Editor’s note: This entry was adapted from a press release from research firm InSites Consulting.
A research finding from InSites Consulting indicates that a mere 4 percent of all Americans aged 15 to 25 think that a brand page on Facebook is a credible source of information about the product. In other words, such pages are no more credible to youngsters than advertising or than what a competitor would say about the brand.
Does this imply that most companies overinvest in their presence on social media? “I don’t think so,” says Joeri Van den Bergh, a Gen Y analyst at InSites Consulting and author of How Cool Brands Stay Hot. “It is mainly a good indication of the fact that Generation Y is very much aware of a company’s marketing strategy.”
As youngsters attach a lot of importance to the opinion of their friends and of other users of a product or brand, companies should let those groups do the talking. When brands really use their social media socially by allowing feedback and conversations by regular consumers on their pages rather than by filling them themselves, that’s when they really become decent and useful marketing instruments. It is the only medium which allows open dialogue at no great expense. However, many companies keep using their pages too commercially and hope that that’s the way to get youngsters to think the brand is so cool that they will ‘Like’ anything that’s posted on the page.
But that’s not how it’s done, Van den Bergh says. “It’s all about creating compelling content together; stuff that is worth sharing in conversations with your friends.”
Twenty-two percent of U.S. youngsters indicate that what regular consumers write on online forums and blogs is credible, as is what they are told by their friends about a brand or product (14 percent) and the opinion of other brand users (20 percent). This is their top-three of most reliable sources.
Yet, while youngsters prize corporate reliability and honesty and most say they themselves are honest and reliable – 86 percent of U.S. youngsters claim both qualities – one out of every four American youngsters sometimes presents a less-than-complete version of themselves to others. This happens when they are with people who enjoy a higher social status (26 percent), when flirting (17 percent) or when with their in-laws (19 percent). About 25 percent do not shy away from occasionally being less honest with a teacher or boss. And 28 percent of the youth also confess to presenting themselves more positively than reality when looking for a new job.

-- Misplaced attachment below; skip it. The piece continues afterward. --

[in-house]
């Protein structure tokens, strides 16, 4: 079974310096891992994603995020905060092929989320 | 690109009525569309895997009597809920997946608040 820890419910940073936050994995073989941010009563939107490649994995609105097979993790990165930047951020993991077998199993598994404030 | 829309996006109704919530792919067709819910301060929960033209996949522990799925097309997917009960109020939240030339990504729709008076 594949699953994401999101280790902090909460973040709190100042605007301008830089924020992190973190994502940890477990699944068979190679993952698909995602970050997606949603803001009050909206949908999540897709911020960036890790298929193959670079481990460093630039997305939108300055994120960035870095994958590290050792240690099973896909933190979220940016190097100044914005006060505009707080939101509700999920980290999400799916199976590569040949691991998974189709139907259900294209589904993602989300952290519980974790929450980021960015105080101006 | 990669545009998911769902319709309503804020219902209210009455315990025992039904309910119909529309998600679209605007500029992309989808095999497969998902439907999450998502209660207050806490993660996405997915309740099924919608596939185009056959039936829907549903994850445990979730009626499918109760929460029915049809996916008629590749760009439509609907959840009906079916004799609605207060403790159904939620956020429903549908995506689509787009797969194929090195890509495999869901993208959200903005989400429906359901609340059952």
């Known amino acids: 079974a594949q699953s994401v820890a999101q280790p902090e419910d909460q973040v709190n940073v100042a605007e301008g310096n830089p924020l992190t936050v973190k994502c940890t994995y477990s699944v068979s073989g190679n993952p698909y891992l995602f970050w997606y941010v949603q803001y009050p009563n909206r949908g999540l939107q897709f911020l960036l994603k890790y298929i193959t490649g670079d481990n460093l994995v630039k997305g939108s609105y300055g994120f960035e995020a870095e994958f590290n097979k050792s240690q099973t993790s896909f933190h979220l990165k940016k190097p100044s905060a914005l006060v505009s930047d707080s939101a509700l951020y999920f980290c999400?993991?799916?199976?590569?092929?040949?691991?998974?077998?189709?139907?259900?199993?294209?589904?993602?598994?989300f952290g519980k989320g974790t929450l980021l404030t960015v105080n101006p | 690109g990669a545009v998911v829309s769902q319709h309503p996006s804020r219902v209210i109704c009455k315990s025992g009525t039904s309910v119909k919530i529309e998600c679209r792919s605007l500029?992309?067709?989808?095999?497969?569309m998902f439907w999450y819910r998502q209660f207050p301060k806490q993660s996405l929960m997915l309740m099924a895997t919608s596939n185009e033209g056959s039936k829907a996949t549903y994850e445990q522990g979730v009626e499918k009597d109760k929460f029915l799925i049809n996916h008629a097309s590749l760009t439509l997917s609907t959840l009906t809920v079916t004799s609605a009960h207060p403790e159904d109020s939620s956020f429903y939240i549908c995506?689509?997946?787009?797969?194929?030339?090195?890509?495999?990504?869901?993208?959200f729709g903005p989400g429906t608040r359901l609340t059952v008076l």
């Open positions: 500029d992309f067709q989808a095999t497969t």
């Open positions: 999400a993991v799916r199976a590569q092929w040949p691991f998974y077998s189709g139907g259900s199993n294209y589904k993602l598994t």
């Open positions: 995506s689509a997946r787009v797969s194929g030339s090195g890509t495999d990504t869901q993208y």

“That is also an aspect of the Millennial generation,” says Van den Bergh. “Being loyal to yourself is their definition of authenticity. They expect that same honesty from the brands that they think are cool and that they buy. One out of every three U.S. youngsters thinks authenticity is one of the main positive brand characteristics.”
The data come from a global study organized by InSites Consulting among 4,065 respondents aged 15 to 25 (Generation Y) in 16 countries: the U.S., Brazil, Russia, India, China, the U.K., Germany, France, Sweden, Denmark, Poland, Romania, Italy, Spain, the Netherlands and Belgium. The sample is representative for the Gen Y population of each country.